And you know something? You know something? Not only are we going to Srbobran, we're going to Zrenjanin and Vrsac and Bela Crkva and Kragujevac and Zvornik and Loznica! We're going to Gornji Milanovac and Jagodina and Kursumlija! And we're going to Prokuplje and Vlasotince and Vranje and Podgorica! And then we're going to Belgrade. Down with Kostunica! Reeearrrhhhhhh!And to offset this, vowel-rich Estonia:
And you know something? You know something? Not only are we going to Jogeva, we're going to Marjamaa and Haapsalu and and Saare and Hiiu and Tartu! We're going to Paide and Rapla and Viljandi! And we're going to Parnu and Abja-Paluoja and Kivioli and Sillamae! And then we're going to Tallinn. To take back the Riigikogu! Eeaaaaiiiiiaaaaa!
What I'm playing in the car tomorrowThis Dean Shriek Mix (MP3, 1.6 MB), courtesy of the one and only James Lileks, posted in LGF comments. If you don't double over laughing, you're either devoid of any sense of humor, or else are Howard Dean. Makes for great road-trip music, but good for a short commute as well. Rrreaaarrrrr!
Distortion effectSo it turns out that Dean wasn't the Democrats' best hope after all, and his support is much lower than it would seem. How could that be, with all his vaunted grass-roots support and funds? Simply put, the Internet allows groups that are highly dispersed (because of their generally-small numbers in the real population) to appear concentrated online (because they deliberately come together in a single place). The high concentration thus gives the illusion of larger numbers than actually exist. By bringing the diffuse group together, the Internet can actually give it temporary power out-of-proportion to its size (hence Dean's large war chest), but reality does eventually set in.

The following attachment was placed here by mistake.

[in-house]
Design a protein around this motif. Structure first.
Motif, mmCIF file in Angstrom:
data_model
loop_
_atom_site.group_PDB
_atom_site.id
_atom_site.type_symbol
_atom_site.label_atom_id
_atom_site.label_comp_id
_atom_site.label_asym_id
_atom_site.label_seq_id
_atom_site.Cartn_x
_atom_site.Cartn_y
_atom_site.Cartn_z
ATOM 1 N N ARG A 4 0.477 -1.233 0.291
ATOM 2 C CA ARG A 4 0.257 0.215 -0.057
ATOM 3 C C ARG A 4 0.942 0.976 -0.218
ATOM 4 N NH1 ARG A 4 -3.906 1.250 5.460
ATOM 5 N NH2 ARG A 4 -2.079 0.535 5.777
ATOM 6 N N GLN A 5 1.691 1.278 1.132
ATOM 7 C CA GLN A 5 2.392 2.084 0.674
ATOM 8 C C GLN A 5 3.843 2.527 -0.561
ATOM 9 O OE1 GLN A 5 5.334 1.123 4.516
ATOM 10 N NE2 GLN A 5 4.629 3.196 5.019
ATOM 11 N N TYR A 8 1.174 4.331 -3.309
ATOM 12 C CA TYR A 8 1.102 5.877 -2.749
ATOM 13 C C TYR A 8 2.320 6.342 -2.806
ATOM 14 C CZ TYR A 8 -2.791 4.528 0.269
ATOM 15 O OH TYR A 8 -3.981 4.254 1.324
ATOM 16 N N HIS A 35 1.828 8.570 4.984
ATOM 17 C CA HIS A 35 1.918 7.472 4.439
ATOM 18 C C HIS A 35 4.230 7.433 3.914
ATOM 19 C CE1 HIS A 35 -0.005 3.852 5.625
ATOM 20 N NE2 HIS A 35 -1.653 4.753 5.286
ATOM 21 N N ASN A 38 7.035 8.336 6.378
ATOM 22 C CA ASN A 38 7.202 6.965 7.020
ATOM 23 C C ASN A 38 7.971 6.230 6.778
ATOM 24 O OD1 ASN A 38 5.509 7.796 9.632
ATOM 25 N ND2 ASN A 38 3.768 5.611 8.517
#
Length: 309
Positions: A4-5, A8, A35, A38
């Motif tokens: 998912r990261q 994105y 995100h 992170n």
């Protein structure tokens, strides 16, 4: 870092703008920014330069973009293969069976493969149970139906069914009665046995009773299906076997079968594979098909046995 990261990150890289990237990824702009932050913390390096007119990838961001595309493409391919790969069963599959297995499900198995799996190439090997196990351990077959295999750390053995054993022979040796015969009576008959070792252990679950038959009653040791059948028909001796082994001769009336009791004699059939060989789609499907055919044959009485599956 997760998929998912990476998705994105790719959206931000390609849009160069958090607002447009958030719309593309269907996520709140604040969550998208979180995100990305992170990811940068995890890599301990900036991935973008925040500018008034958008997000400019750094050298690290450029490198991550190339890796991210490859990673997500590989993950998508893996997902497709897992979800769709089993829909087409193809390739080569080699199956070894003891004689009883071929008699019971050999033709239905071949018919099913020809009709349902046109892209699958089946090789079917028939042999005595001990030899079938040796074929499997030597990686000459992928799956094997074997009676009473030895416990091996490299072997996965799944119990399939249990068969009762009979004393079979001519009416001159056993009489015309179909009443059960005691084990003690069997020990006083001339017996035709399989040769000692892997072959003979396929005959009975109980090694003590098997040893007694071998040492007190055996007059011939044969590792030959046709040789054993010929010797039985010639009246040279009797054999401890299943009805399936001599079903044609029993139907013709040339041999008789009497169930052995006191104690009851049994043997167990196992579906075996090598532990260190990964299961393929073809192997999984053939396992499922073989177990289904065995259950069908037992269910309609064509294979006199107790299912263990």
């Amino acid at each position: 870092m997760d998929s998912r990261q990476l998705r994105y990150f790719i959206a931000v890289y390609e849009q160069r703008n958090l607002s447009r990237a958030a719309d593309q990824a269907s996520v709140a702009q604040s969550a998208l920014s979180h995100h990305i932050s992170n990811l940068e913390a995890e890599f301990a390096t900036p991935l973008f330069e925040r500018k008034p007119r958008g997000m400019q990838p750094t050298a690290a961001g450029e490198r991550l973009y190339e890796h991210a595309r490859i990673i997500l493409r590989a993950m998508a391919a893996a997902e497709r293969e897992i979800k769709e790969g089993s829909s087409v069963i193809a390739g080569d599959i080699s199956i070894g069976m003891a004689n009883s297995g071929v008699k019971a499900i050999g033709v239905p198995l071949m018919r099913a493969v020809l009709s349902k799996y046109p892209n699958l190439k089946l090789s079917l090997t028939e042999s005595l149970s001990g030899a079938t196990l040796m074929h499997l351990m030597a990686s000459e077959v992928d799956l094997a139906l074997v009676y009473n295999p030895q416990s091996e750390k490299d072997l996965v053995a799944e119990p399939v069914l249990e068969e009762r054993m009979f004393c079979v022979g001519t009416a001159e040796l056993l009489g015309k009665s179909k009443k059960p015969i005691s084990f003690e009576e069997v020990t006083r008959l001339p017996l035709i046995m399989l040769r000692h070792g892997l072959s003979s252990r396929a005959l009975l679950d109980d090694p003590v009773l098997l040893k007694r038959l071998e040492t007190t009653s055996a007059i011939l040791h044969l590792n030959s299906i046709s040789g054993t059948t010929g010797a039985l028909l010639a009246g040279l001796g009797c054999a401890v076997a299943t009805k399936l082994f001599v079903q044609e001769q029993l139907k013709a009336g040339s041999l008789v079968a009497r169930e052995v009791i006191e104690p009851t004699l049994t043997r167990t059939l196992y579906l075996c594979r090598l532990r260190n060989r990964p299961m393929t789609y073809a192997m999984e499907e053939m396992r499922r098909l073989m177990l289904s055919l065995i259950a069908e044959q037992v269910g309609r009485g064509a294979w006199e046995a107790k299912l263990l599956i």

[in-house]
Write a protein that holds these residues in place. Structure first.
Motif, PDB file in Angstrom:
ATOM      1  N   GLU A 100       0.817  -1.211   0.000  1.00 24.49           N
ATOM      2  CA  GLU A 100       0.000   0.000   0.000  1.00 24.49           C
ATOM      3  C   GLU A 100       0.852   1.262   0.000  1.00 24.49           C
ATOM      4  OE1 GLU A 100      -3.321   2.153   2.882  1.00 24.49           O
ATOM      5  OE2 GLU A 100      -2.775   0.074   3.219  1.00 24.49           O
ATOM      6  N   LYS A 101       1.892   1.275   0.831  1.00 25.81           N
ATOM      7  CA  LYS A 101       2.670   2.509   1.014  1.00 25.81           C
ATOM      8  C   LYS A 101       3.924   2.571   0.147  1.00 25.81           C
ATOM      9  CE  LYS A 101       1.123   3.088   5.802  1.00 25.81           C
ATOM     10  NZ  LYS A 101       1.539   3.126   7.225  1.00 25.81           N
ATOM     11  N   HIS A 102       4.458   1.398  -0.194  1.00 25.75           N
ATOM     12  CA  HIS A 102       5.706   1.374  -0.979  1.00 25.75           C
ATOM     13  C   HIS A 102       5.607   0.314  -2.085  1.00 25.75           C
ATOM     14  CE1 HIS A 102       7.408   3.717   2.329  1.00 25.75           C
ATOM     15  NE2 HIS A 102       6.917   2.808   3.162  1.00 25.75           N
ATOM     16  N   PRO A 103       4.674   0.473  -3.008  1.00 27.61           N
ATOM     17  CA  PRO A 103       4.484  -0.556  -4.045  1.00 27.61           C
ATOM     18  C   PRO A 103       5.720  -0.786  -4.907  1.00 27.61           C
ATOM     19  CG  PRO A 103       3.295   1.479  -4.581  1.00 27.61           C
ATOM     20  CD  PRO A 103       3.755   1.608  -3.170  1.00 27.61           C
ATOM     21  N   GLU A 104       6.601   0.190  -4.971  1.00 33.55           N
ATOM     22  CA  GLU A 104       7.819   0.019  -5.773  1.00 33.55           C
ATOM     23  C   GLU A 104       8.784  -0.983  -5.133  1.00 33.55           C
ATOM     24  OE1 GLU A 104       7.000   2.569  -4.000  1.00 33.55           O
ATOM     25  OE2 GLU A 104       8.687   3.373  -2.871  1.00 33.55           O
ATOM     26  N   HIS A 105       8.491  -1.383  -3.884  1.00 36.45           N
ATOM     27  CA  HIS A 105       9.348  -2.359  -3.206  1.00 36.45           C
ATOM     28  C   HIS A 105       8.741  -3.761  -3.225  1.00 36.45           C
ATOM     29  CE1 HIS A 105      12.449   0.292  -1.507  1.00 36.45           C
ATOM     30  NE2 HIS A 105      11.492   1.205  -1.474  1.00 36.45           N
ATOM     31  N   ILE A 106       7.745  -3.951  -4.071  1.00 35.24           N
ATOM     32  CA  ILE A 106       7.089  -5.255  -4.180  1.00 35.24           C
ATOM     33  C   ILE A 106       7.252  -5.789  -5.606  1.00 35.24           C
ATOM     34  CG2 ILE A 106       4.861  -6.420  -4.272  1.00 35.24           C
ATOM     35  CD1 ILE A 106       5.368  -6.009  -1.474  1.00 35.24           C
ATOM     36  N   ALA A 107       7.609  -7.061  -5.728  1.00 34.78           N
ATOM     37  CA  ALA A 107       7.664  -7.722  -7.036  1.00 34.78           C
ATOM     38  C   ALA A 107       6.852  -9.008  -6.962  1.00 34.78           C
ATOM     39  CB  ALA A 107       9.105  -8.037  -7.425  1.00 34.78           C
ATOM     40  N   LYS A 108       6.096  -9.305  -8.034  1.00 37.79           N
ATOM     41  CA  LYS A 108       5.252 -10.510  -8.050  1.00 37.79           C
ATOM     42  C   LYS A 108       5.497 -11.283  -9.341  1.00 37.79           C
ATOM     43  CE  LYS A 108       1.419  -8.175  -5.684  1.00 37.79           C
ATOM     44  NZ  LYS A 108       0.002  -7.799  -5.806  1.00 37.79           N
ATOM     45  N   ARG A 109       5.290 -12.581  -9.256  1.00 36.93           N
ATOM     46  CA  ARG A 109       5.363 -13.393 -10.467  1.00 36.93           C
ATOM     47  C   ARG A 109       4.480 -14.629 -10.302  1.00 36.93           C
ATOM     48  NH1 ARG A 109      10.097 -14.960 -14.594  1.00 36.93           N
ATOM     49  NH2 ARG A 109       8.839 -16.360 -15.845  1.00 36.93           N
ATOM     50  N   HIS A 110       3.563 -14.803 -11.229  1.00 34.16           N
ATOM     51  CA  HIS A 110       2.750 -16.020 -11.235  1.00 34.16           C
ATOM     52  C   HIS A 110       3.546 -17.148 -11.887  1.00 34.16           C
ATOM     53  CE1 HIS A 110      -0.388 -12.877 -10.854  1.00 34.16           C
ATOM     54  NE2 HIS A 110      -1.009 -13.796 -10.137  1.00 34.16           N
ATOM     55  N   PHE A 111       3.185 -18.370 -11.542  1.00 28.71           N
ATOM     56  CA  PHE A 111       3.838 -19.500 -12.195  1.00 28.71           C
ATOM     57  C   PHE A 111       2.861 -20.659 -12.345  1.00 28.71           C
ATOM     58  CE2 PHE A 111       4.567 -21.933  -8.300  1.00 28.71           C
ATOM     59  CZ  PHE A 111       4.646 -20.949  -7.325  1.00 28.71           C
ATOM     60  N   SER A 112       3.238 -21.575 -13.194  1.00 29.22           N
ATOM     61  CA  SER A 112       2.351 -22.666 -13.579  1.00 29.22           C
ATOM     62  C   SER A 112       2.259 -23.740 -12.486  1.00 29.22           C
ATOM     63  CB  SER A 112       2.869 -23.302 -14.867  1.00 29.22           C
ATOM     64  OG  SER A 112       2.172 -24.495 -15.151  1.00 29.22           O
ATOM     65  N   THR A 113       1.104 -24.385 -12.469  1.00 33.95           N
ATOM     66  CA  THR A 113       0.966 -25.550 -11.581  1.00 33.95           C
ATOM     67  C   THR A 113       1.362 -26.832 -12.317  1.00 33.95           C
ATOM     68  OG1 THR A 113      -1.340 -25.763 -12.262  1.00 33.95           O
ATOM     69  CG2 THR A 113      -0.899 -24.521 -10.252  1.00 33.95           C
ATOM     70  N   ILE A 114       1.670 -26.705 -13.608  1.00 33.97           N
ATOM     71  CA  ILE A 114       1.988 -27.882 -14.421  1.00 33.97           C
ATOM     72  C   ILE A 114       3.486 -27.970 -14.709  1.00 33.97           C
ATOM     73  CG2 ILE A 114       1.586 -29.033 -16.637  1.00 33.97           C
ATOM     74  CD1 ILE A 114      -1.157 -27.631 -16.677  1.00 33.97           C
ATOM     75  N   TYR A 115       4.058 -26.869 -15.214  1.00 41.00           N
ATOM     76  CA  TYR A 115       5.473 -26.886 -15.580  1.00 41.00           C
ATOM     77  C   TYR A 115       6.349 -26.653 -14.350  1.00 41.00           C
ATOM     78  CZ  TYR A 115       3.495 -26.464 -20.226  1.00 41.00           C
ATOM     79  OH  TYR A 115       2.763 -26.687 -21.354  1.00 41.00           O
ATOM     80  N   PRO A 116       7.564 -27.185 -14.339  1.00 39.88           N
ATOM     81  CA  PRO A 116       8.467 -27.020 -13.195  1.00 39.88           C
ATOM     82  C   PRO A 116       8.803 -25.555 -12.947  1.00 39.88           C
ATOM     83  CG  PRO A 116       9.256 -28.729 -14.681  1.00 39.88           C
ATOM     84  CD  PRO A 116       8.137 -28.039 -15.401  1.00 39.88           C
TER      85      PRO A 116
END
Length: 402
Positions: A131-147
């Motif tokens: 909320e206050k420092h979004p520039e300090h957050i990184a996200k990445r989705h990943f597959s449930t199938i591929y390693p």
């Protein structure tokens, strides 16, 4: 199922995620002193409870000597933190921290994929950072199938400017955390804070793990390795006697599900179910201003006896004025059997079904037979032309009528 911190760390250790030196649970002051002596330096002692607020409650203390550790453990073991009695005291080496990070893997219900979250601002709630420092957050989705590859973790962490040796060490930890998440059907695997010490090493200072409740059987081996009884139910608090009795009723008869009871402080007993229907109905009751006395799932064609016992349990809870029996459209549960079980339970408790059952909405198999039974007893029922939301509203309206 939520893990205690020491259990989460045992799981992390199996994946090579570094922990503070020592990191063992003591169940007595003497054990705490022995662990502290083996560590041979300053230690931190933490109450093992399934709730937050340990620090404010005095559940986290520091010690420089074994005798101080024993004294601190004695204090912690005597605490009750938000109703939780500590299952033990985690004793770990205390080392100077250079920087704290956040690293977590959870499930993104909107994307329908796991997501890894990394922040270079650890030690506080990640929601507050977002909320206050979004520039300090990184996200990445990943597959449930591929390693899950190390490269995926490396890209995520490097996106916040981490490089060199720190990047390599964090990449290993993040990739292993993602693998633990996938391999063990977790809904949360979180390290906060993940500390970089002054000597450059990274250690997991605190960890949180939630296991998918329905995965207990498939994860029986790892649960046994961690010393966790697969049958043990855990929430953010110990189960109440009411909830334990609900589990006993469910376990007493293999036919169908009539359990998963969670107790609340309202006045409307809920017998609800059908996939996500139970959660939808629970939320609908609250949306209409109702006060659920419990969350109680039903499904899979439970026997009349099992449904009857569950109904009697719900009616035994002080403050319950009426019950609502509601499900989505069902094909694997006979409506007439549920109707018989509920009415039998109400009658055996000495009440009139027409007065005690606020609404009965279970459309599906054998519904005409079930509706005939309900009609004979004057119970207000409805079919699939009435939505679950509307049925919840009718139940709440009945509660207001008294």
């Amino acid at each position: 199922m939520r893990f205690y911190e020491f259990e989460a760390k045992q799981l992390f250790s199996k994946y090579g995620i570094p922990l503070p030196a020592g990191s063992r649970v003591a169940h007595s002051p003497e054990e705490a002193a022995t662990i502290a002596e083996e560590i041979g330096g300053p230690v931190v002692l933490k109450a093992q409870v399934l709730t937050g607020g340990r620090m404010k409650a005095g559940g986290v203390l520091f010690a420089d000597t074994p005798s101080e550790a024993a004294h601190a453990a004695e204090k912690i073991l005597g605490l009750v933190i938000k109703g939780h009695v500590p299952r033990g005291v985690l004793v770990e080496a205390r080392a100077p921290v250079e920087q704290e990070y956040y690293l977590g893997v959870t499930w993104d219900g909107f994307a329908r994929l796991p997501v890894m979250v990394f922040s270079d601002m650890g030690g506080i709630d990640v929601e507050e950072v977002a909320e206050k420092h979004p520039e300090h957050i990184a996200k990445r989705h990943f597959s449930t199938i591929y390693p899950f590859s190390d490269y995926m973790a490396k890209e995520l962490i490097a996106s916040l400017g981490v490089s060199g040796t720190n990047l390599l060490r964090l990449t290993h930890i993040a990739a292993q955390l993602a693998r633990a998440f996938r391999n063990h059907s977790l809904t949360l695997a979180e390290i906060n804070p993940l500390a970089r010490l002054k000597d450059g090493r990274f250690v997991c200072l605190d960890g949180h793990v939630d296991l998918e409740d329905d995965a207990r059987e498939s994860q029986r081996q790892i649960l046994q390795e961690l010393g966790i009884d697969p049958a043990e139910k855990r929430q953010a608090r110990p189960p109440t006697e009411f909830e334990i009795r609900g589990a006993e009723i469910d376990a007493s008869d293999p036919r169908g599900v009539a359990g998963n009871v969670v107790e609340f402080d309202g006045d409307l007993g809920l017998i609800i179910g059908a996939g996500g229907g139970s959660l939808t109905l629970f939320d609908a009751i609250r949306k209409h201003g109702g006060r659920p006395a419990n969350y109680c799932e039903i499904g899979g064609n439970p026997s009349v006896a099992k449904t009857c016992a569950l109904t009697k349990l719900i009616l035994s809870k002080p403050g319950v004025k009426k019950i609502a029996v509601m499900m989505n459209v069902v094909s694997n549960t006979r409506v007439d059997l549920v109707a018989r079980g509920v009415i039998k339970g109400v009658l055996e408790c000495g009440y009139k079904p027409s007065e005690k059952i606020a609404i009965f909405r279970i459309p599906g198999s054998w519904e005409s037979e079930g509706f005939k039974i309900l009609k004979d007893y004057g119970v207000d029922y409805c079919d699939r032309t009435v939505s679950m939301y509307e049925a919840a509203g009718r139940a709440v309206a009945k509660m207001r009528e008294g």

So it is with other sites like MoveOn.org or even Indymedia. MoveOn.org is really rather small, but in a large country such as the U.S., even small percentages can be significant if you can get them in one place. Indymedia is the fringe of the fringe of the fringe, but they have been uniting lunatics all over the planet for years now (both virtually and in the real world, as with the "anti-war" and "anti-globalization" demonstrations), and the concentrated echoing moonbattery gives them the illusion of being a much larger force than they really are. In the end, though, reality usually reasserts itself -- free trade is expanding, the U.S. invaded Iraq with overwhelming approval of the American public, Kerry won Iowa 2-to-1 -- and sometimes, rather than recognize the illusion for what it was, some people just can't help spinning conspiracy theories and getting very, very angry.